Though all were soon subsequently unveiled as ruthless dictators, Afro-optimism was revived thanks to the 2001 New Partnership for Africa's Development (Nepad) and its 2003 African Peer Review Mechanism (APRM). But the programmes' champion, Thabo Mbeki, was fired by his own party in 2008, and the two other highest-profile African Union (AU) leaders were the tyrants Zenawi (the lead AU climate negotiator and APRM chair still today) and Moammar Gaddafi (recent AU president). Nepad and the APRM were written off.
THE BROKEN ICT TECHNO-FIX
One oft-cited reason for the new Afro-optimism fad is cellular telephony access in many areas that were formerly off-grid for communications. Recall that similar high hopes for raised productivity through leapfrogging led to the last quarter-century's microfinance fantasies. But it has become clear in recent months in India (with its 200,000 farm suicides) as well as the microdebt mecca of Bangladesh that there was too little economic space to allow women to borrow at high interest rates so as to compete in glutted petty commodity markets.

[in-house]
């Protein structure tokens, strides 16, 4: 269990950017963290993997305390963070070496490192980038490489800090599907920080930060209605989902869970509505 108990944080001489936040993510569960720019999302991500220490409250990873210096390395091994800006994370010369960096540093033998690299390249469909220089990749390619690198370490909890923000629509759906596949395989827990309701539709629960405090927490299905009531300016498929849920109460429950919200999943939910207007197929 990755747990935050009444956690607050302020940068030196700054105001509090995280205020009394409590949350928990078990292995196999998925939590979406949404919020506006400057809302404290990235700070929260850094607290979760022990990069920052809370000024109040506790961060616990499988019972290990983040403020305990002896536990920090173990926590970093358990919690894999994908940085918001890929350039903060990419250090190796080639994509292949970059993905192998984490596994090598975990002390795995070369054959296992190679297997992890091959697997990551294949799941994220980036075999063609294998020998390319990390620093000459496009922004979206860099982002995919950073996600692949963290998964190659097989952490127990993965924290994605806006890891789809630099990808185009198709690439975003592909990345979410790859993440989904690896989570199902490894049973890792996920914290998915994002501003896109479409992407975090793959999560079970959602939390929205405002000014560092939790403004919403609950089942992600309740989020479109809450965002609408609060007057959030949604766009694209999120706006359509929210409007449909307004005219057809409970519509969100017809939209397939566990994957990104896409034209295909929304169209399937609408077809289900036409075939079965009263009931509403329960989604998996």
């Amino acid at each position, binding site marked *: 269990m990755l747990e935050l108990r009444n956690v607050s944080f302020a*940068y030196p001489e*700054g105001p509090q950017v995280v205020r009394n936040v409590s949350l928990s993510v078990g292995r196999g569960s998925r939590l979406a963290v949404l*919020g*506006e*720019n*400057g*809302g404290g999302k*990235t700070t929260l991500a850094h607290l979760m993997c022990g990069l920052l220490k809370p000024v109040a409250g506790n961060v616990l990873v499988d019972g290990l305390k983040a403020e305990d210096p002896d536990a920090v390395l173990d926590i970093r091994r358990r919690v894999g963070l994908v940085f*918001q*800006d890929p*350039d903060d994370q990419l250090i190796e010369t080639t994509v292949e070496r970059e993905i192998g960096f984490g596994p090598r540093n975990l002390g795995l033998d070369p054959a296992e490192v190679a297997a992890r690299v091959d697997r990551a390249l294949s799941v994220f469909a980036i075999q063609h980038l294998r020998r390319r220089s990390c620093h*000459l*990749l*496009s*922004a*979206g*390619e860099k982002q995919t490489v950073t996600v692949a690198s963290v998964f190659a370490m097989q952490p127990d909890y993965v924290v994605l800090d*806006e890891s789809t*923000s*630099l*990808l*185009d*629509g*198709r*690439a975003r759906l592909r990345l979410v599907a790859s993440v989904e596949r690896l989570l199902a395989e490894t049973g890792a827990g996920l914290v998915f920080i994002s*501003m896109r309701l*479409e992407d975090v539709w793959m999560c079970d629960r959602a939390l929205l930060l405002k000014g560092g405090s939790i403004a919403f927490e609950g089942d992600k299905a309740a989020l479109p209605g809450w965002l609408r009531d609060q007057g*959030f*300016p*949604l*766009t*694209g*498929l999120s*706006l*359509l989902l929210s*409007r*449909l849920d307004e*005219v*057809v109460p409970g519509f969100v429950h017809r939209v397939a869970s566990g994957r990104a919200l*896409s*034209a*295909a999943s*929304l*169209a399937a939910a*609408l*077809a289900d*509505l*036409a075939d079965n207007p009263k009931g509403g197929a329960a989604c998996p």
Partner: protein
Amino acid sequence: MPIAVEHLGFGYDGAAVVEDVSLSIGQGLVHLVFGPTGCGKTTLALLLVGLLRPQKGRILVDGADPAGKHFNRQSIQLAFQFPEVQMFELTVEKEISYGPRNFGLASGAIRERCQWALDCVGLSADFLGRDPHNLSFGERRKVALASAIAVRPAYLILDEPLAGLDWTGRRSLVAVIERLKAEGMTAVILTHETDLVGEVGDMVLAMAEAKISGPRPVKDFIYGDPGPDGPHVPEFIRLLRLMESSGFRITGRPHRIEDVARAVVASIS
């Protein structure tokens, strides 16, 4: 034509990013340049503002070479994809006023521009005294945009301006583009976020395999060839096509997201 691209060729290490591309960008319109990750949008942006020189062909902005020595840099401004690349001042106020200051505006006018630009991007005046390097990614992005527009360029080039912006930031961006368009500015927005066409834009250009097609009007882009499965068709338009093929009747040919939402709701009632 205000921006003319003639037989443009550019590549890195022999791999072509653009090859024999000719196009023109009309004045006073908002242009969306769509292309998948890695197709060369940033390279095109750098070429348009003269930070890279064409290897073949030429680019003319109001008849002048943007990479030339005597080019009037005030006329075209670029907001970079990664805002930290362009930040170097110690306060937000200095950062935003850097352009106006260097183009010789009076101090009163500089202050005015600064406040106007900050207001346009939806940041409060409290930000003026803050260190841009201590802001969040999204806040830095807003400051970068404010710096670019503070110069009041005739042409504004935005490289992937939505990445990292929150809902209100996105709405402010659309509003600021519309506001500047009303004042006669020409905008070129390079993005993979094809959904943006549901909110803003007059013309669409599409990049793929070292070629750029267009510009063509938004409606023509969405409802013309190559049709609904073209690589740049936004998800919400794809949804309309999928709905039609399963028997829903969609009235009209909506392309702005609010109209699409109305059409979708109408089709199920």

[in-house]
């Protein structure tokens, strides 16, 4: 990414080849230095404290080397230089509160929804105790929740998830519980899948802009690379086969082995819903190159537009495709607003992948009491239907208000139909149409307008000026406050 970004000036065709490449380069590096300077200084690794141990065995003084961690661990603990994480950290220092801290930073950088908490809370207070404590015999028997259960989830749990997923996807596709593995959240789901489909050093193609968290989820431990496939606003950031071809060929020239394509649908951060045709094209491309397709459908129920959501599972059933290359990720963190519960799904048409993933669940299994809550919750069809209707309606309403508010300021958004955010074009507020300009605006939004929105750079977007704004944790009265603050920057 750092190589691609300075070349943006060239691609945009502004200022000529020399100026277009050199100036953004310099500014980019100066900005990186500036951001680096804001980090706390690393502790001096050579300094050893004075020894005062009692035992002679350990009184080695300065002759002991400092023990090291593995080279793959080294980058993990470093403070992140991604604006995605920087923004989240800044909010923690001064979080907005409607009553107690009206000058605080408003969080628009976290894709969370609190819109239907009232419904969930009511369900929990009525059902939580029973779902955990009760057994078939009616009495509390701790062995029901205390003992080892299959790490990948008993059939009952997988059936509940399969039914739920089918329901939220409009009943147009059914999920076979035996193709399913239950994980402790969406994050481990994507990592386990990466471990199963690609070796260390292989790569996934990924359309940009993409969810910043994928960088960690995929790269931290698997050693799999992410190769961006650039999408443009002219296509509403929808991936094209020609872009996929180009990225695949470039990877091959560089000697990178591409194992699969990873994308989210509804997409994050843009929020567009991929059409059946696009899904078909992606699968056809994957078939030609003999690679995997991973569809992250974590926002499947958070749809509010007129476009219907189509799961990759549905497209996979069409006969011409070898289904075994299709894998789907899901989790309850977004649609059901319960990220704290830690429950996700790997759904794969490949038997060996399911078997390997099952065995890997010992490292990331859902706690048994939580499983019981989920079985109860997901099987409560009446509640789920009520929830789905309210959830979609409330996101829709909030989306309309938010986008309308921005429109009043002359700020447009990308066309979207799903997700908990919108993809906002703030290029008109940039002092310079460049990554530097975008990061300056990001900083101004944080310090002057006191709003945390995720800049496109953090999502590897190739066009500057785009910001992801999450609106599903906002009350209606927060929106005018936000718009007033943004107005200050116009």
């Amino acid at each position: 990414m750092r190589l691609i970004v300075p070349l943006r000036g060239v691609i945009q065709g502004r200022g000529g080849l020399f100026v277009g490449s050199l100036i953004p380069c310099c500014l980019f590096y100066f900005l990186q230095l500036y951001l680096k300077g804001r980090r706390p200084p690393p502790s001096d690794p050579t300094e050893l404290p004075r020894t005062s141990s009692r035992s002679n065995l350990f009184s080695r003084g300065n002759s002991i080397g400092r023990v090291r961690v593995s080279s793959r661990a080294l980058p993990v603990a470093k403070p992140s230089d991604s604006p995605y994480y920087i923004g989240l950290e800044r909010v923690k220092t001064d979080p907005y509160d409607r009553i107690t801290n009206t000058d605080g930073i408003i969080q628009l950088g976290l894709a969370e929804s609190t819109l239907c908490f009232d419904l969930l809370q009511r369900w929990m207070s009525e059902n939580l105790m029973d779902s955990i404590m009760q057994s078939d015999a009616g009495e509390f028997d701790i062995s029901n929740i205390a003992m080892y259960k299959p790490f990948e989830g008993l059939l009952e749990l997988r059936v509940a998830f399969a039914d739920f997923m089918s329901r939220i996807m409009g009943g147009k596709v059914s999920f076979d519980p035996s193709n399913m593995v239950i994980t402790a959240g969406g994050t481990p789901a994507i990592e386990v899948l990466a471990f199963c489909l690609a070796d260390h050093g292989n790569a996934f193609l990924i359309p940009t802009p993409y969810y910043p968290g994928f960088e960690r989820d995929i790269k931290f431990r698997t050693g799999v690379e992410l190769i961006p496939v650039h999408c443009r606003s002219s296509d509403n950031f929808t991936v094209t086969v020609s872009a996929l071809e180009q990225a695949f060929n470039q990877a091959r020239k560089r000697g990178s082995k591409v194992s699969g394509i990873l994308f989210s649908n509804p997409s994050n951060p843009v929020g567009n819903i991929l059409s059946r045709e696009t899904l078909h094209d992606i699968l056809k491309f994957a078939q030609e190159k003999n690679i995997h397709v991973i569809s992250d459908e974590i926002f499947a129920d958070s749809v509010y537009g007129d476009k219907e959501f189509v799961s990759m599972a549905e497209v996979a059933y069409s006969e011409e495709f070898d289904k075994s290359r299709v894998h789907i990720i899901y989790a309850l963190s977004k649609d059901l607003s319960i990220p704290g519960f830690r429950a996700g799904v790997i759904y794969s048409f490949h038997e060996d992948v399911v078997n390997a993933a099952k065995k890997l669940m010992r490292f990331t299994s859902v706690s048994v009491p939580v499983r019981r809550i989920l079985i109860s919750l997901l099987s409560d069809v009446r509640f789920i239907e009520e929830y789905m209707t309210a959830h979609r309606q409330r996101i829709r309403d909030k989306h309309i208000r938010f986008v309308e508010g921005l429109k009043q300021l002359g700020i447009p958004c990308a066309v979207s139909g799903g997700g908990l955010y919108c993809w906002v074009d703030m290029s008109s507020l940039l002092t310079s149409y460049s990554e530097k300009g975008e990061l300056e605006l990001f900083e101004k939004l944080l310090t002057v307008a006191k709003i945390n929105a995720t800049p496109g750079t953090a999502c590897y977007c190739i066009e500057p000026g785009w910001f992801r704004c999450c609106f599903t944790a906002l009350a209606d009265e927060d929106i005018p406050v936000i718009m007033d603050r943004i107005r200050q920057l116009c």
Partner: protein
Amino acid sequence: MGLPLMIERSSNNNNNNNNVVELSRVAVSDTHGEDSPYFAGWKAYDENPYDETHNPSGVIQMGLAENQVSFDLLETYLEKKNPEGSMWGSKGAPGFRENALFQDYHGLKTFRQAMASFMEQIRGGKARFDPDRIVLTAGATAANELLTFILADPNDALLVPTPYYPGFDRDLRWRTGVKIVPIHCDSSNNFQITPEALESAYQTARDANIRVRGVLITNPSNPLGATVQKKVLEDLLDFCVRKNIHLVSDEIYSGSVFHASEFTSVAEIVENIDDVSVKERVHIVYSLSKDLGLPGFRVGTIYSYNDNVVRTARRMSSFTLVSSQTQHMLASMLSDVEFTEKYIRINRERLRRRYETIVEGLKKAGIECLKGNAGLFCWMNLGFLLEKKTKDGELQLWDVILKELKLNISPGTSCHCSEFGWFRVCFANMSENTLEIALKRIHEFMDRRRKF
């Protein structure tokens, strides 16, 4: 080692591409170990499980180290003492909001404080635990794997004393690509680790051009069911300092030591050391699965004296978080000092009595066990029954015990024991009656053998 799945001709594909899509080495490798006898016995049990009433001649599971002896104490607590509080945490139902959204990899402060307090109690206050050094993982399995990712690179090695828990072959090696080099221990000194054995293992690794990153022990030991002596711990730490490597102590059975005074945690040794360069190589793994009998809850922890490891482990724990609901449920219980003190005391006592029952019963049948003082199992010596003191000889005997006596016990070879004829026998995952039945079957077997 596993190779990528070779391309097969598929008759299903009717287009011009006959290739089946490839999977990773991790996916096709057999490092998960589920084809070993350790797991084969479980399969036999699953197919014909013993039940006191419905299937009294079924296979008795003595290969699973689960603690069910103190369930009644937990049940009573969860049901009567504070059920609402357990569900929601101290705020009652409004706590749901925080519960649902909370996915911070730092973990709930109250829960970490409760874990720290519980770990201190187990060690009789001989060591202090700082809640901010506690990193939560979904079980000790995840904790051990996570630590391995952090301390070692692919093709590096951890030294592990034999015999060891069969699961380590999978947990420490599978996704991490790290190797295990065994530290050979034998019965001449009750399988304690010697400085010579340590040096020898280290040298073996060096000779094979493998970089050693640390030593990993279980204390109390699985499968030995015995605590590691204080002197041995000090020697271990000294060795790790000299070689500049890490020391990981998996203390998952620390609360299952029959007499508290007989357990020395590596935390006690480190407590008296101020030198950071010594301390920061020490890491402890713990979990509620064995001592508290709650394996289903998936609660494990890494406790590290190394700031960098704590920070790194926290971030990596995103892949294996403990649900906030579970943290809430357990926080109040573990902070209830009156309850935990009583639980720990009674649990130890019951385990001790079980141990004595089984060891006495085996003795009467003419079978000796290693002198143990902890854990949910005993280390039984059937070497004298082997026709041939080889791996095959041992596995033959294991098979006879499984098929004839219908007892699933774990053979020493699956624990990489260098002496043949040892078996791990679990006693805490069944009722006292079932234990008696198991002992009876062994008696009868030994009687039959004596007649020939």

The bank's most recent Africa policy paper argued that the 'success of Information and Communications Technology (ICT), especially mobile phone penetration, shows how rapidly a sector can grow. It also shows how the public sector can set the conditions for the exponential growth of a vital industry that could transform the continent.'
The reality is less encouraging. Although Africa is better with cellphones than it was without (say, 15 years ago), the actual performance of the industry reveals telling weaknesses. These include the role of multinational capital in sucking out profits and dividends, the lack of genuine competition (collusion is notorious even in the largest economy, South Africa), relatively high prices for cellphone handsets and services, and limited technological linkages to internet service.
Last year, a report ('Towards evidence-based ICT policy and regulation') by Johannesburg researchers Enrico Calandro, Alison Gillwald, Mpho Moyo and Christoph Stork unveiled a host of ICT deficiencies, because although 'the mobile market, has experienced significant growth, outcomes have been sub-optimal in many respects.'
For example, the authors argue, cellphone penetration 'figures tend to mask the fact that millions of Africans still do not own their own means of communication.' Moreover: